As did the triumphant “Radio Waves;” an uncanny pull from the songbook of The Id [possibly ca. 1977-1978] that fit into the thematic scope of this album like it was written specifically for it. I can understand collector fans [for I am one] grousing about B-sides re-jigged for inclusion on the next album. Such antics inevitably smack of desperation. That left only three new songs written specifically during these sessions: “Genetic Engineering,” “Silent Running,” and “International.” The album ran a trim 34-35 minutes. Inspiration could be said to have been thin on the ground, had not the end result been so powerfully compelling. At the end of the day, OMD might have been sweating bullets, but they delivered a thematic knockout that was actually more powerful for its ploys of desperation. It also helped that the new material included their best work ever with “International;” a song which added a new arrow of passion to their artistic quiver.

To my ears, “Dazzle Ships” sounded like the logical successor to “Architecture + Morality,” and I’d imagine that the band had reasonable expectation that it would maintain their commercial momentum. That it did not I put down to the shifting pop zeitgeist of the day, which saw the sort of passion on display in “International” dumped for the blue-eyed-soul platitudes of Paul Young/Spandau Ballet. The Pepsodent® white smiles of Wham! And the granny-friendly pop of Culture Club. In that seething cage of vicious banality, the political musings of science geeks like OMD were going to finish a distant second. What OMD considered “specifically political” content amounted to simply more of their obscure metaphors given some of their most abstract settings yet. The rarefied atmosphere of the Post-Punk era which had allowed quirky one-offs like OMD to flourish and prosper had all but evaporated by 1983. If the band were going to continue to compete in the “marketplace of ideas,” they would require a serious re-thinking to their mission statement.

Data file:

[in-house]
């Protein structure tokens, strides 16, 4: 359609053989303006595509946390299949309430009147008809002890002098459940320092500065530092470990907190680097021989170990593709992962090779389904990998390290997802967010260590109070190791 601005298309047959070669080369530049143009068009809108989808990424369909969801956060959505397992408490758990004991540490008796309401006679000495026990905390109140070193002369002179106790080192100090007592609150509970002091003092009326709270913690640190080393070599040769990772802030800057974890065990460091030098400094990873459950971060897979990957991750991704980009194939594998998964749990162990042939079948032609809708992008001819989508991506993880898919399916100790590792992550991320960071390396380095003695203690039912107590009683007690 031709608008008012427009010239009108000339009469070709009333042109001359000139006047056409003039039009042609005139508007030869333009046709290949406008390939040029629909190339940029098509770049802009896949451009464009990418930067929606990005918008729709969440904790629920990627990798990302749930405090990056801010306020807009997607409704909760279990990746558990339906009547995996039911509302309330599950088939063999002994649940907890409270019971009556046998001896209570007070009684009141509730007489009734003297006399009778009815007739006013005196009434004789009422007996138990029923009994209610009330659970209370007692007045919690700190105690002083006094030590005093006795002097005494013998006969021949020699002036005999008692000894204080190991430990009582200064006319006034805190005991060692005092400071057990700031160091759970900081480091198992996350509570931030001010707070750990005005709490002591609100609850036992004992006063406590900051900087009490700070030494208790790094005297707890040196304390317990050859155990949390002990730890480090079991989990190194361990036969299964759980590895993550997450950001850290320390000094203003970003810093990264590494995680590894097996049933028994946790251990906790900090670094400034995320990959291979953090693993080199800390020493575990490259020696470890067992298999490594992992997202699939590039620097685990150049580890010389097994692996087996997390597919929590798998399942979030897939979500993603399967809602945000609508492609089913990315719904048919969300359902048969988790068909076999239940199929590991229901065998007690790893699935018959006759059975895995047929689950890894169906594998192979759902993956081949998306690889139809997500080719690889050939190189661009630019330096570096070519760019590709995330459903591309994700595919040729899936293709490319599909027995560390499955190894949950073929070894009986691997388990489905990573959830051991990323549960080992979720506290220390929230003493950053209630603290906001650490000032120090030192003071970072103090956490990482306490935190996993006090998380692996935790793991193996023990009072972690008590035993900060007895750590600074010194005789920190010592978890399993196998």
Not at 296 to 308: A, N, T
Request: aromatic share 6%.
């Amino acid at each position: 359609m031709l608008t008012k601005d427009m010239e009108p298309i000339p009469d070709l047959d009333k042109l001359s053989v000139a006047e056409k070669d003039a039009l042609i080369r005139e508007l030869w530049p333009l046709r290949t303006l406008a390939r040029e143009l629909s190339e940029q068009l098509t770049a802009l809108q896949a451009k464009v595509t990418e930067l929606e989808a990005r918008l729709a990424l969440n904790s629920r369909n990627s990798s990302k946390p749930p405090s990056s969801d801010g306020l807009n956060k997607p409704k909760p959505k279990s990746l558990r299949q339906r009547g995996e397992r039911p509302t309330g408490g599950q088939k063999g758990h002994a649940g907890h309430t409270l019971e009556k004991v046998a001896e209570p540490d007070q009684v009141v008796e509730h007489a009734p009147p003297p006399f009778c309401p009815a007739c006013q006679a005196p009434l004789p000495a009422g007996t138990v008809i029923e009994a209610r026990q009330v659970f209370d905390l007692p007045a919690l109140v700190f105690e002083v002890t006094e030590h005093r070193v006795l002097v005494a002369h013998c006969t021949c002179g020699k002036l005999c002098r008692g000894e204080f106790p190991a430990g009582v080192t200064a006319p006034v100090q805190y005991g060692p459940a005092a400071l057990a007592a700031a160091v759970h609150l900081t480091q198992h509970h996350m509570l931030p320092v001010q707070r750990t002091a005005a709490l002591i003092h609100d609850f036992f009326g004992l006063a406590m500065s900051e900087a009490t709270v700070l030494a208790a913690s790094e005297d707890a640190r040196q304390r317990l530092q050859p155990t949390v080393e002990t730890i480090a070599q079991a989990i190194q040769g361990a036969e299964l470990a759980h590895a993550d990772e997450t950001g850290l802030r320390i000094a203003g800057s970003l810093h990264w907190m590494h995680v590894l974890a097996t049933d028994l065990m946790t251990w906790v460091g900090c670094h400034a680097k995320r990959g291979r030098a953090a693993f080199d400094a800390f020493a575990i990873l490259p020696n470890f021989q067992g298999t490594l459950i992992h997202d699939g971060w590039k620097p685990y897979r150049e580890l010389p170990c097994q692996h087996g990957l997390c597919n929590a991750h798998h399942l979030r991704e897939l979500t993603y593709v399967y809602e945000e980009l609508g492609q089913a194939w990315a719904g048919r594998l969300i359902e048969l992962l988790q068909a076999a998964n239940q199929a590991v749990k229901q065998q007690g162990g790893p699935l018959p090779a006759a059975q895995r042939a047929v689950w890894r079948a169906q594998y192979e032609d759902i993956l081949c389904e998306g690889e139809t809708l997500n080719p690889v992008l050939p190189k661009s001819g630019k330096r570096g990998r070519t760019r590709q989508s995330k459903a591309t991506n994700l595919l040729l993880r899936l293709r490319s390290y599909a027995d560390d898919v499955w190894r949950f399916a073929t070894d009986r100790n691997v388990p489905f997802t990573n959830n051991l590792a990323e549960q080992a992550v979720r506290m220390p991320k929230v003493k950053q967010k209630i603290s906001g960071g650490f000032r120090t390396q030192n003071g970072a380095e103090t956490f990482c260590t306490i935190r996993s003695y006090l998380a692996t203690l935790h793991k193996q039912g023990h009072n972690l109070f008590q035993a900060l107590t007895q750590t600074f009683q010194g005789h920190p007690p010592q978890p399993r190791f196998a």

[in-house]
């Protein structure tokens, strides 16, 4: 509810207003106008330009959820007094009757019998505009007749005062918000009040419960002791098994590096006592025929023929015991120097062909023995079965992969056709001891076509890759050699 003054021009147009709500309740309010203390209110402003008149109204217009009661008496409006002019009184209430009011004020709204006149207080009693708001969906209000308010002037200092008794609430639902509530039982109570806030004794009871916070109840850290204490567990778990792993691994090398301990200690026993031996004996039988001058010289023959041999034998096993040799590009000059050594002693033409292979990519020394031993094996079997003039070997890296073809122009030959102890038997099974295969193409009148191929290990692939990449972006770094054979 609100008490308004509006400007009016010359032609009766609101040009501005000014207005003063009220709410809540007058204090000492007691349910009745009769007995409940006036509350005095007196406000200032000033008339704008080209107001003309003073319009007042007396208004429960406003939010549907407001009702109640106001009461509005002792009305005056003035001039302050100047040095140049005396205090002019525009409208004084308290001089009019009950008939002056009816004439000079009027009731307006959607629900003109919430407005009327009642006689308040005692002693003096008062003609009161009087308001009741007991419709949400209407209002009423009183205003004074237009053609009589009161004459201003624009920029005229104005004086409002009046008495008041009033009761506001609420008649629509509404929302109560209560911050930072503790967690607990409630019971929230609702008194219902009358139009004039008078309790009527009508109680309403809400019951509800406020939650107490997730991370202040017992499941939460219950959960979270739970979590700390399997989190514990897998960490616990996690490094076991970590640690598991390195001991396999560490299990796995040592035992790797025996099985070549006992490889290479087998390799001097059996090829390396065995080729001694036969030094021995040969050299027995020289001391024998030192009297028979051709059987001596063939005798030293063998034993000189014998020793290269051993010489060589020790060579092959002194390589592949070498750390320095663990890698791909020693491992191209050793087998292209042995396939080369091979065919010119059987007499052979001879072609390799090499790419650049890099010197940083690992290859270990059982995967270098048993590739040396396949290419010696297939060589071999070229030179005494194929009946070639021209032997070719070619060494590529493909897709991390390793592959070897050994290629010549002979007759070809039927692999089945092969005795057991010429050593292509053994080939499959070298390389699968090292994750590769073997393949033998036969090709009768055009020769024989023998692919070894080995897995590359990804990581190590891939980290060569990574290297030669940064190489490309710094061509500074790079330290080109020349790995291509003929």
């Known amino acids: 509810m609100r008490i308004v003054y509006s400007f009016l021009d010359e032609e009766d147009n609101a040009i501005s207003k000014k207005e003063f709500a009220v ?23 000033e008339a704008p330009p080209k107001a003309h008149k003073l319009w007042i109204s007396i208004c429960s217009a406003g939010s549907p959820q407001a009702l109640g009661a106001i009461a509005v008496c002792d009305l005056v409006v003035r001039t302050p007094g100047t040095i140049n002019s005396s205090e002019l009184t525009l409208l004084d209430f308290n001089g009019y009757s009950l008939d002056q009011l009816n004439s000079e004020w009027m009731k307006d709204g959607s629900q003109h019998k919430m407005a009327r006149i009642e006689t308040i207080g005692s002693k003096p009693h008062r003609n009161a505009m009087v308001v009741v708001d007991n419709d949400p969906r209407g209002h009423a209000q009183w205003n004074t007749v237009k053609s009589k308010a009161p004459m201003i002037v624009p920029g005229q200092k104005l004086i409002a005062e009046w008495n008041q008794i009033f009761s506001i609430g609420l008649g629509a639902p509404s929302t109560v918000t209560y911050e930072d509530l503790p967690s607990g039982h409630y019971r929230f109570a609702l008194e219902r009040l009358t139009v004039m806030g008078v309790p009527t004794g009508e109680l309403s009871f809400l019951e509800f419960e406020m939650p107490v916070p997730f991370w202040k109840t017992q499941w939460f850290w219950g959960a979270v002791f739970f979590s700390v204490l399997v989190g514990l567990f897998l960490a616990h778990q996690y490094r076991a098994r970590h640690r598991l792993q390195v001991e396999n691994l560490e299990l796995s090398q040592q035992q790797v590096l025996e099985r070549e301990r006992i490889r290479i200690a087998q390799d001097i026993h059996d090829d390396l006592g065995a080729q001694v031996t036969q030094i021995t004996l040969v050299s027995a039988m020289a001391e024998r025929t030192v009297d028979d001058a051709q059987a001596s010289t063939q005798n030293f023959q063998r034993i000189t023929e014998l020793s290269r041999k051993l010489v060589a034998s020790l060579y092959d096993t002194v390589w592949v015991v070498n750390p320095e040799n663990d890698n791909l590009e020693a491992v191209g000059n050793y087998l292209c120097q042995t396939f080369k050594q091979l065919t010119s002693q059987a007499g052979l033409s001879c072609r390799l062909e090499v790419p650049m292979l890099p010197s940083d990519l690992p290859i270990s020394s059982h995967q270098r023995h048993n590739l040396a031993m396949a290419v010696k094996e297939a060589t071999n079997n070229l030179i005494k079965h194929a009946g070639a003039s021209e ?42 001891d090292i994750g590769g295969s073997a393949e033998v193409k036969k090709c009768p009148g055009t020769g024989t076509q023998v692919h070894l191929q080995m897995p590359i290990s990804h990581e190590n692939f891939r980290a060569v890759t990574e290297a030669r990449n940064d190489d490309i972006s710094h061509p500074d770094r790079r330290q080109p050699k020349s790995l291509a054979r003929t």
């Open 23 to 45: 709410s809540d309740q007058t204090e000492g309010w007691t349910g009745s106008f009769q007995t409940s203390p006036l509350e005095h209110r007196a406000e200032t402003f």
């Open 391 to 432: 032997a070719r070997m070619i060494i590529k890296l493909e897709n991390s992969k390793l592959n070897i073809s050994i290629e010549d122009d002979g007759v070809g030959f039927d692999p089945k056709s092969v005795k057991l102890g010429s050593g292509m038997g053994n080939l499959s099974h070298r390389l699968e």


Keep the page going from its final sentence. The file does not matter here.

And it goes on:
Next: …Mission Accomplished

About postpunkmonk

graphic design | software UI design | remastering vinyl • record collector • satire • non-fiction
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3 Responses to Rock GPA: Orchestral Manoeuvres In The Dark [part 17]

  1. Echorich says:

    I fully understand you final take on the status of Dazzle Ships and its relationship the band that made it, and their state of disrepair and with the state of Pop music, especially in the UK in 1983. I was among those listeners, a lover of Dazzle Ships – it remains my favorite OMD album – that was distracted and attracted to new sounds coming from the UK… The sophisticated pop of Everything But The Girl and The Style Council, the emerging intelligent Pop of bands like Talk Talk and Tears For Fears, the emergence of the Jangle Pop of Aztec Camera and The Smiths…all this competed with the experimentation and electronic vision of OMD. But I stayed the course, even if the next couple albums would fee like they were going off course – a bit.


    • postpunkmonk says:

      Echorich – I hear you! Myself, I began to transition to the NWOBJP [New Wave Of British Jazz Pop] beginning then, and bands like Tears For Fears and Talk Talk had at least one foot still on the Post-Punk Parquet at that time. But the breaking wave of adventure that typified the ’79-’82 period of UK pop, that had culminated in the peaking of New Pop in that latter year, was by 1983 showing serious signs of ebbing. The rapid ascendancy of Wham! was definitely a harbinger of a retreat into orthodoxy that was to sap British pop of the artistic liveliness that it had shown in the aftermath of Punk.


      • Echorich says:

        Yes Wham! have much to answer for, but so does Paul Young. They were both part of the blanding of New Pop into Corporate Pop. Goth became my refuge from the shiny emotionless Pop that would be controlling the charts by 84.